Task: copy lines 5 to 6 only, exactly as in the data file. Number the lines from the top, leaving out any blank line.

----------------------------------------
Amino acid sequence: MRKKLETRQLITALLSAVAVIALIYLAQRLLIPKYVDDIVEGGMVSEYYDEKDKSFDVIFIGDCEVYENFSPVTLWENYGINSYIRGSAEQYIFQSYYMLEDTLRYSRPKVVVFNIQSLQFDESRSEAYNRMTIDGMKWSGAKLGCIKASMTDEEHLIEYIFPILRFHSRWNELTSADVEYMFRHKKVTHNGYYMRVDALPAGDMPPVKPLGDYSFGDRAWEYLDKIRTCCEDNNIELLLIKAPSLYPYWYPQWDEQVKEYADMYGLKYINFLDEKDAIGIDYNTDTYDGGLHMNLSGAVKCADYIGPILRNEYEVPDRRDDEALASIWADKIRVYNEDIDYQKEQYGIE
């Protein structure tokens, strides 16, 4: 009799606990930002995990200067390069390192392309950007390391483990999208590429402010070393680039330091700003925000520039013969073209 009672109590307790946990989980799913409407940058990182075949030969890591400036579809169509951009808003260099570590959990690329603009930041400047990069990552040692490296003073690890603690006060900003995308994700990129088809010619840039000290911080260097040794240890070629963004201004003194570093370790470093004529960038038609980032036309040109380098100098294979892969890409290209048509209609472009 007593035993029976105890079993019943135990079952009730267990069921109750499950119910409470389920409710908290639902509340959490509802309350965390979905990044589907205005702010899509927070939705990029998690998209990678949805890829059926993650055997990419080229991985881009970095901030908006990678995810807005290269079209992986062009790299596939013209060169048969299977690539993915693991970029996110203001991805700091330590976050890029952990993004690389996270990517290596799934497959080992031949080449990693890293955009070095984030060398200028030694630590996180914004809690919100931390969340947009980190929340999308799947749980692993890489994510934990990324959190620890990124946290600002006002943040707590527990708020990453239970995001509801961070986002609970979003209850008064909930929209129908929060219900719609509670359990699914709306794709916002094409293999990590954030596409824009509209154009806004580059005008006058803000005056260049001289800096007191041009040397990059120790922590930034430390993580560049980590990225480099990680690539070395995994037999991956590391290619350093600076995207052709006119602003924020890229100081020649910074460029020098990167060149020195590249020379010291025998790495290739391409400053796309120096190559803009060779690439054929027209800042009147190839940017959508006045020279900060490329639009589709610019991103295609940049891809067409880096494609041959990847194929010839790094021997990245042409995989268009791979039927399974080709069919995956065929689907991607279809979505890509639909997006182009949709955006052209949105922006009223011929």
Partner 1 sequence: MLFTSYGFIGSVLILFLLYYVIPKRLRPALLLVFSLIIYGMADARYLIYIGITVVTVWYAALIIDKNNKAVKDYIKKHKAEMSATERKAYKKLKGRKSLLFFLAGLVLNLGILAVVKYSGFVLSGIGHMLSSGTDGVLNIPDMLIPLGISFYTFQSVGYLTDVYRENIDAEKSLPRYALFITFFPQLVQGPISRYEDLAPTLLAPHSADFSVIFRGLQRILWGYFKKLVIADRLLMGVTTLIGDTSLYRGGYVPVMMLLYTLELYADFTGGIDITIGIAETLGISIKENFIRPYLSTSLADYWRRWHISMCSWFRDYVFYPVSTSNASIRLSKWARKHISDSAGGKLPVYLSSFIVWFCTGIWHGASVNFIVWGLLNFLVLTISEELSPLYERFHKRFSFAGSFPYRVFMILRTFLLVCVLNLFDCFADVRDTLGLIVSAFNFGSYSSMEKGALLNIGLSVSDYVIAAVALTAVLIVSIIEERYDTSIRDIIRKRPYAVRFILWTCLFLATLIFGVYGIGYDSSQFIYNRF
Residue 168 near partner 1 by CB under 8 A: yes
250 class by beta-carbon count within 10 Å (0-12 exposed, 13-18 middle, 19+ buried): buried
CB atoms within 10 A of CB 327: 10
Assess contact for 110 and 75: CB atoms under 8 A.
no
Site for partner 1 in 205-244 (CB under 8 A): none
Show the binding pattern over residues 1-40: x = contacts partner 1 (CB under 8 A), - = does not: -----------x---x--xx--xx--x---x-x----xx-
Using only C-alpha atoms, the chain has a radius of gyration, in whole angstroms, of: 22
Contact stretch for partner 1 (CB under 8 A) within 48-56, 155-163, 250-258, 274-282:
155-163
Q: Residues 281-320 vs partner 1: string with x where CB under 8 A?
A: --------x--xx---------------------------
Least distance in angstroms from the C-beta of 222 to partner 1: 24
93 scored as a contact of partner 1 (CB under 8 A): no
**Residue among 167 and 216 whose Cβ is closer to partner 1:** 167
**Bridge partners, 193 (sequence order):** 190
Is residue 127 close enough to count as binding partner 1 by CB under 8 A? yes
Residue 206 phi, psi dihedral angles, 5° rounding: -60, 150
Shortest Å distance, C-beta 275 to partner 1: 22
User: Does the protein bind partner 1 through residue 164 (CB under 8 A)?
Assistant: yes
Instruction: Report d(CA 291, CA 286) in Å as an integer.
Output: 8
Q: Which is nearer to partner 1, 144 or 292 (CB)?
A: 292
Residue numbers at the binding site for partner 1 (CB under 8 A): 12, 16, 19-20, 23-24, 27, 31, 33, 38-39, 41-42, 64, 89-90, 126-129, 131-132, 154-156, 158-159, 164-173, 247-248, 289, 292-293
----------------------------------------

250 class by beta-carbon count within 10 Å (0-12 exposed, 13-18 middle, 19+ buried): buried
CB atoms within 10 A of CB 327: 10